Business Process Analysis Template #5: Data Takes Center Stage

By Cathy Dew on February 23, 2017

In case you missed it, here are the first five blogs in our series on business process analysis templates:

This week we look at data flow diagrams…  


The Devil is in the Details

Continuing our discussion of business process analysis tools and templates, this week we look at data flow diagrams, IPO charts and what I like to call blob diagrams, which are really a high-level data flow diagrams. These tools are incredibly useful in mapping processes for large, complex institutions where centralized systems serve a large customer base. Customers could be internal, such as employees, or external, for example, university students, health center clients, or the public at large. Over the years, we have put these tools to great use in various software project for higher education institutions like University of California Berkeley, Kuali Student and Boston College. The common theme among this set of BPA tools is that the focus is the data rather than the process.

What are Data Flow Diagrams, Blob Diagrams and IPO Charts?

Let’s start with the data flow diagram which is used to visually depict all major components of a large, complex process. Similar to the process flow diagram, there are shapes to represent high-level processes, files and databases; lines are used to connect the components. Arrows show the direction, one-way or two-way, that data flows between them.

A blob diagram (sometimes called a systems diagram) is a basically a data flow diagram at a higher level. You only need one shape, a rounded rectangle (or blob) to represents systems and subsystems (which could be an application or a program); lines with connect the blobs to indicate the general hierarchy of data flow between them. 

To make recommendation for improvement, you must understand existing systems and data, as well as how they are interrelated or dependent on one another. Sometimes a system is just pulling information from another system or populating various elements within the system. The source of one-way information transfer is referred to as an "upstream" or "downstream" system, based on the direction of the arrow or way the data flows.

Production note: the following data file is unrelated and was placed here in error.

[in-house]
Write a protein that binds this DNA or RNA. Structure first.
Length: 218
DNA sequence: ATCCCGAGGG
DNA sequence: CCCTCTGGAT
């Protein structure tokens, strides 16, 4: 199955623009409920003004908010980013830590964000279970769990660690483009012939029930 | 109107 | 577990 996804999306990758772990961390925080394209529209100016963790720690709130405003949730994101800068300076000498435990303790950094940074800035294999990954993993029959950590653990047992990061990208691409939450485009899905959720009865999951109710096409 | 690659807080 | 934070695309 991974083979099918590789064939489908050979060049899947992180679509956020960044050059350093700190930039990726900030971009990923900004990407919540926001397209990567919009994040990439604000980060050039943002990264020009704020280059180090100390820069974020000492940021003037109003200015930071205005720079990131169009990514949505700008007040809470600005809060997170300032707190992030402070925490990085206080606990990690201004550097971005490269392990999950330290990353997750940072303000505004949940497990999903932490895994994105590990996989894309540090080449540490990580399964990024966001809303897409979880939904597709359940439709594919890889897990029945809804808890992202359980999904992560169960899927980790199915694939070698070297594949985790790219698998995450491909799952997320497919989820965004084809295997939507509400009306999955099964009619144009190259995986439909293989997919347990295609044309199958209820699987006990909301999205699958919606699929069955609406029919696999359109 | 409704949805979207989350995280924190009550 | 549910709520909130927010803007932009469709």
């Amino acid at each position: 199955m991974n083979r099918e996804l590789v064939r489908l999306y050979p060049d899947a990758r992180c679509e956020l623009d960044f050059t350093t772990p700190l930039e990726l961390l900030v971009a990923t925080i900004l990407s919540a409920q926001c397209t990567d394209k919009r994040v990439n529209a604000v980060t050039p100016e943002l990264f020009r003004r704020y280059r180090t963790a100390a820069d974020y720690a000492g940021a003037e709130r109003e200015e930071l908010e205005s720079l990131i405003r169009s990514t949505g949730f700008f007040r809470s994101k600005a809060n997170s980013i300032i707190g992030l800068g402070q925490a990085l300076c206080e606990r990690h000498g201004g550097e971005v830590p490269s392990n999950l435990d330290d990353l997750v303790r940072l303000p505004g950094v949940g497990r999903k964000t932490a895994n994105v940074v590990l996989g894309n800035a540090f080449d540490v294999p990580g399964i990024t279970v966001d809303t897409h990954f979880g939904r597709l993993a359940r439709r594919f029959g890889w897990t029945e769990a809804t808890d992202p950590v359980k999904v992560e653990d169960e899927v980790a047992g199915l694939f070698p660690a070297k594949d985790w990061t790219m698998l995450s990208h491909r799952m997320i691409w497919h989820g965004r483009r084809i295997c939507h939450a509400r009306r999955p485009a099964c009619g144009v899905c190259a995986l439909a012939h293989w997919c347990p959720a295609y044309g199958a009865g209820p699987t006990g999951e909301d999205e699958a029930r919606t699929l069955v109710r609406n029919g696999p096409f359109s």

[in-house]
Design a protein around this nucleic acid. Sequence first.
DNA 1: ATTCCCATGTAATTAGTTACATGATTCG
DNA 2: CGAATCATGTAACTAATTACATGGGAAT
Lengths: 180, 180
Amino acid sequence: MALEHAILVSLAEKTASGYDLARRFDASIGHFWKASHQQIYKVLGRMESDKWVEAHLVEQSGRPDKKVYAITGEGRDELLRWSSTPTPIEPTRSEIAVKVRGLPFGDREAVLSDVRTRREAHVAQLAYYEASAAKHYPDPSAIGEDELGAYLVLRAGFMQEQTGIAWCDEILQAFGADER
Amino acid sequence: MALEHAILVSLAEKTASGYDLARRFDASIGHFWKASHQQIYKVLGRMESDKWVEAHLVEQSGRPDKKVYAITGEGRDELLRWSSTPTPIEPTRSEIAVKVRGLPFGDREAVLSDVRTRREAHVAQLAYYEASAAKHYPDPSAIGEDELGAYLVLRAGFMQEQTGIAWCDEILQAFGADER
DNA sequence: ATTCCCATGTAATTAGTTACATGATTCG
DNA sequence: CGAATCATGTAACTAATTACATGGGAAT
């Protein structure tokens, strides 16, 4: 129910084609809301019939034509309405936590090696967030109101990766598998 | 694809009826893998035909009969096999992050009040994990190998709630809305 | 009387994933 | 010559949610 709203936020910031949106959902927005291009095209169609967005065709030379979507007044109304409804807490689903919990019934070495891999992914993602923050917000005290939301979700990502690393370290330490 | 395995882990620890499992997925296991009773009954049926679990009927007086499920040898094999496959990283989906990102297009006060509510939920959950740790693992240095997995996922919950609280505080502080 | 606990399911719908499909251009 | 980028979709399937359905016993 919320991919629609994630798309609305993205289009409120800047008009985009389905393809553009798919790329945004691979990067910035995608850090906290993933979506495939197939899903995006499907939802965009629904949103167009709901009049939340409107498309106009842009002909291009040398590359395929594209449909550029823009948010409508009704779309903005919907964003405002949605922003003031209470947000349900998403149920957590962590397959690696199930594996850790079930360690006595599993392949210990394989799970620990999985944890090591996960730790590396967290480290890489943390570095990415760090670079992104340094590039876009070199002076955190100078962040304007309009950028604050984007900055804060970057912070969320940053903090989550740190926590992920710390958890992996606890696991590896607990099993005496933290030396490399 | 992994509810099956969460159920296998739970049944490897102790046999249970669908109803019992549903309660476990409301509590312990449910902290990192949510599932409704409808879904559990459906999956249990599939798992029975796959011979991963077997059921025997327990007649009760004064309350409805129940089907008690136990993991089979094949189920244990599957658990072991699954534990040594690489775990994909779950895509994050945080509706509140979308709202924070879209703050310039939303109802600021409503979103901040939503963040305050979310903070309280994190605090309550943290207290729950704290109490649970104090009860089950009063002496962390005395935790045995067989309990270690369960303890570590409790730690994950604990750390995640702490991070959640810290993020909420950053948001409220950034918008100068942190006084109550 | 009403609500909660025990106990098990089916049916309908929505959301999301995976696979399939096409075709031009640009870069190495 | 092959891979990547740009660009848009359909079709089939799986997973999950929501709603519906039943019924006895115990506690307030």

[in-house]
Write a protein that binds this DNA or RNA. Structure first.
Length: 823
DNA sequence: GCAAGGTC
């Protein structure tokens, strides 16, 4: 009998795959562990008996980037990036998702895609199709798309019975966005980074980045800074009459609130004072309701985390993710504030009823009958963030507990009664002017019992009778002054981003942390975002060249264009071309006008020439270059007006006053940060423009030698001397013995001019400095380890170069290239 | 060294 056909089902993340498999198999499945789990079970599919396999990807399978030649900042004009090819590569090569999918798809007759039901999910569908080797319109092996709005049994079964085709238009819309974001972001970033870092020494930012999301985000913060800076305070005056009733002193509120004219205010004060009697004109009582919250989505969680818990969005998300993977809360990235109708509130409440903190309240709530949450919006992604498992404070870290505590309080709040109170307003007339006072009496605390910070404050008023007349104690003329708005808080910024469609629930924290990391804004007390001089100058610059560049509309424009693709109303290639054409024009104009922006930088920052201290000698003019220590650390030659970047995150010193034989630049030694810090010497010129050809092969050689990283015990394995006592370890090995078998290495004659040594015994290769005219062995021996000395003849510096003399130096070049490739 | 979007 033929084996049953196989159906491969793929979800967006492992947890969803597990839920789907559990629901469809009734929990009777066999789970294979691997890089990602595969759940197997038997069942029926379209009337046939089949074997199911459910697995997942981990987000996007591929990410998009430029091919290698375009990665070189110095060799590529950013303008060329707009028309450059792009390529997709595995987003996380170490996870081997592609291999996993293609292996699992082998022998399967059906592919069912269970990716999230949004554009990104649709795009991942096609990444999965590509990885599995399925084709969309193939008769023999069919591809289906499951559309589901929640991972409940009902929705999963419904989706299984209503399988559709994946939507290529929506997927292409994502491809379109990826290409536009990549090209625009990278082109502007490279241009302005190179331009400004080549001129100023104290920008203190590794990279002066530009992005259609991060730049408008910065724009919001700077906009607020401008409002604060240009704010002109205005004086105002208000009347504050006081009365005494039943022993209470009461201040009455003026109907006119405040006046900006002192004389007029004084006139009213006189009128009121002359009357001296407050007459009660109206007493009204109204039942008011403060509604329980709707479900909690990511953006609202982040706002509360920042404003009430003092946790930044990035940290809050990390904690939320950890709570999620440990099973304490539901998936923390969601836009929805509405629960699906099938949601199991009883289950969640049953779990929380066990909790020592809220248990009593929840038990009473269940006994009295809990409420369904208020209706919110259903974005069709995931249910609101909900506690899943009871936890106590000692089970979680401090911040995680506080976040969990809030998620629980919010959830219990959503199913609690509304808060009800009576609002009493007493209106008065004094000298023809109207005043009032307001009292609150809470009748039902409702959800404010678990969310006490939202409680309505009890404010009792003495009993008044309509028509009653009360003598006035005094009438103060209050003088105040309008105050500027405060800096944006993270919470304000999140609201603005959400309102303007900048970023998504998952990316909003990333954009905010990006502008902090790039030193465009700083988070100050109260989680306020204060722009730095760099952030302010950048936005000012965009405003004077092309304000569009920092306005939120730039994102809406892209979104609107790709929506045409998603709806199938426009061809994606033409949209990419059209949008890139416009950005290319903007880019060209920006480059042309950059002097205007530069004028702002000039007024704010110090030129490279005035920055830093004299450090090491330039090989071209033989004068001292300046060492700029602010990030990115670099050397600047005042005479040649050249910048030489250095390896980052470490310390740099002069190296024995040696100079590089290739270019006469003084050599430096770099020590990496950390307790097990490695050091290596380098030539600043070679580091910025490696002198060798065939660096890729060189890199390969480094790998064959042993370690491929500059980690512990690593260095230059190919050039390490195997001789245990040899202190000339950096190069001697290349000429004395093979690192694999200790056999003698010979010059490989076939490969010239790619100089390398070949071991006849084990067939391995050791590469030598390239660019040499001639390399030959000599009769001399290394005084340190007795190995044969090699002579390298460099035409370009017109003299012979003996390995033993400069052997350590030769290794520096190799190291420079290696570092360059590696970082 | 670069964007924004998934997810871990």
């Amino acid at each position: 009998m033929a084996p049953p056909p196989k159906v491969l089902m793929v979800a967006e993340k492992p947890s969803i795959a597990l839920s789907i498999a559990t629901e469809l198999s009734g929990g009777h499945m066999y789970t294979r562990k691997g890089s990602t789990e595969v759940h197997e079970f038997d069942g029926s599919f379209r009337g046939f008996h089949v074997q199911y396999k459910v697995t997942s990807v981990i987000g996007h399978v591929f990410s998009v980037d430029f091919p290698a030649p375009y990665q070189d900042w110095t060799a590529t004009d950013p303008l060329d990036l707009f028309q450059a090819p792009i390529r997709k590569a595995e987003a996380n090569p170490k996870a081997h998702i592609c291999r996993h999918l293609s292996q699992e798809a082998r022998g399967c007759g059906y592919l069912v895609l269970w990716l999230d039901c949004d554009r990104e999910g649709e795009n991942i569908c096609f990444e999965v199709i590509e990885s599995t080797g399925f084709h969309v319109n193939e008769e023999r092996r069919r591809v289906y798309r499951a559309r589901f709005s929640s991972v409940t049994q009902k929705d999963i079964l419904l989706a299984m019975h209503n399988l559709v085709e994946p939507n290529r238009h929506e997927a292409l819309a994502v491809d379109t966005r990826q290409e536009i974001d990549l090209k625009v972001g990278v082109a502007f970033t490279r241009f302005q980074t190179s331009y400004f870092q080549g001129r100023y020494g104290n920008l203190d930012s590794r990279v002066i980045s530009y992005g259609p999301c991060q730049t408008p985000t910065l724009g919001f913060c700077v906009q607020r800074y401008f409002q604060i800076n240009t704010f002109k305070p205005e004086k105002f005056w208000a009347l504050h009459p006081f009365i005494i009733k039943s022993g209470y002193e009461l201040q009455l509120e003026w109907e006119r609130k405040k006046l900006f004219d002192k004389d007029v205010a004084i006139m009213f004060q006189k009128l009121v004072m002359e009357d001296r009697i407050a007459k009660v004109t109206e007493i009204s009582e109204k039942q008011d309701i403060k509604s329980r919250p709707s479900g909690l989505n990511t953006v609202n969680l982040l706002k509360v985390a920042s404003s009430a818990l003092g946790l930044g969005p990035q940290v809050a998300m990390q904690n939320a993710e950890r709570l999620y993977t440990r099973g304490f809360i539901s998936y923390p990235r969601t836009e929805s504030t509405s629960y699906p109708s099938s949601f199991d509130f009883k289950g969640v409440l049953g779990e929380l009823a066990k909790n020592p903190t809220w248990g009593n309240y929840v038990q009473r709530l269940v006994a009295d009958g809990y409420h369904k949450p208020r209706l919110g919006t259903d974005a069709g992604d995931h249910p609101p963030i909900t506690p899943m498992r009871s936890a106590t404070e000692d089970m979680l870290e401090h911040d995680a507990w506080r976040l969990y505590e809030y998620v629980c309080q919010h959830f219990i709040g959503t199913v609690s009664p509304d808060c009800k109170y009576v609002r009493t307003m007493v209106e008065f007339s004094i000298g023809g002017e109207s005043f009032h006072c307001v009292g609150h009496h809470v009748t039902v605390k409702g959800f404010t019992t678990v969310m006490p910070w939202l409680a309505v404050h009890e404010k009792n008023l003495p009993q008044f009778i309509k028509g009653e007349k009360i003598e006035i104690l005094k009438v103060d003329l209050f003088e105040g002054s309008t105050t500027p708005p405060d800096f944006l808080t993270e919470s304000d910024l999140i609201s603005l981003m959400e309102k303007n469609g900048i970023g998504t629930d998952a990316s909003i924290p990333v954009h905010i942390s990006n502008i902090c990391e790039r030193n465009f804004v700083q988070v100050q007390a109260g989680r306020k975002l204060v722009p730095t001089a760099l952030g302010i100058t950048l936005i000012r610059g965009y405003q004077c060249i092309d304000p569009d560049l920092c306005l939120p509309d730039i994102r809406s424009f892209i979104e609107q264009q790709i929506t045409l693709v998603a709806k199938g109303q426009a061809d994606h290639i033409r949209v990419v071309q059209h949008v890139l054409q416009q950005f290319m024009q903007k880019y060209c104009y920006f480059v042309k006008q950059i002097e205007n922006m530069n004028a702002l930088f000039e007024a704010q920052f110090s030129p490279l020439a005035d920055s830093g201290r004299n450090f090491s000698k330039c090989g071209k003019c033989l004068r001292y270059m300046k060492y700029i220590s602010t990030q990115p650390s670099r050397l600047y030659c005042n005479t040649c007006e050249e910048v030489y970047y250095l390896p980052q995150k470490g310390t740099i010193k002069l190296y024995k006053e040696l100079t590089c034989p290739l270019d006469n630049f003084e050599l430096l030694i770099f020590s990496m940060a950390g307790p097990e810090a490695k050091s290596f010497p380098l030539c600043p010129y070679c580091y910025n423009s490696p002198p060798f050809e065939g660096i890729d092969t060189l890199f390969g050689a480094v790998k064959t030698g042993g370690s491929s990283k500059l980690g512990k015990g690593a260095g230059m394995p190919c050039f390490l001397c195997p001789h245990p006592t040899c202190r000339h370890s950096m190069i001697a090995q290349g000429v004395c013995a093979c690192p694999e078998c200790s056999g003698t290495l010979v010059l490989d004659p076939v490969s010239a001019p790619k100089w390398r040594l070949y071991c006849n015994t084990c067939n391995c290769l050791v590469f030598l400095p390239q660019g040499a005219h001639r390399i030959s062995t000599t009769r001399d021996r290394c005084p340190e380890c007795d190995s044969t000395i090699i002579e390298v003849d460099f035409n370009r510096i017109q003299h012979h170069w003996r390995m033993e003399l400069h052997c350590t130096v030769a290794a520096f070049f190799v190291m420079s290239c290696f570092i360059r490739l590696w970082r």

Here is an example of a data flow diagram.

Click to download a dataflow diagram.


An IPO (Input-Process-Output) chart is a text-based way to look at a process. So instead of a visual view of how systems interact, the IPO is a more detailed document that outlines every step of a process in detail. Its purpose is to capture what data comes in, document what happens to the data (the process), and then what data comes out. Columns and rows have meaning in the IPO chart. Three columns across are devoted to Input, Process and Output, respectively. Each row lists a step in the process and generally the output from a previous step becomes the input for the next step all the way through from beginning to end.

The IPO has a much higher level of detail than blob diagrams and for this reason it is a great companion tool to visual process and data flow diagrams. One of the benefits of these tools is that by documenting all the steps in a process in a very disciplined way you find holes in the process that you need to go back and research to understand.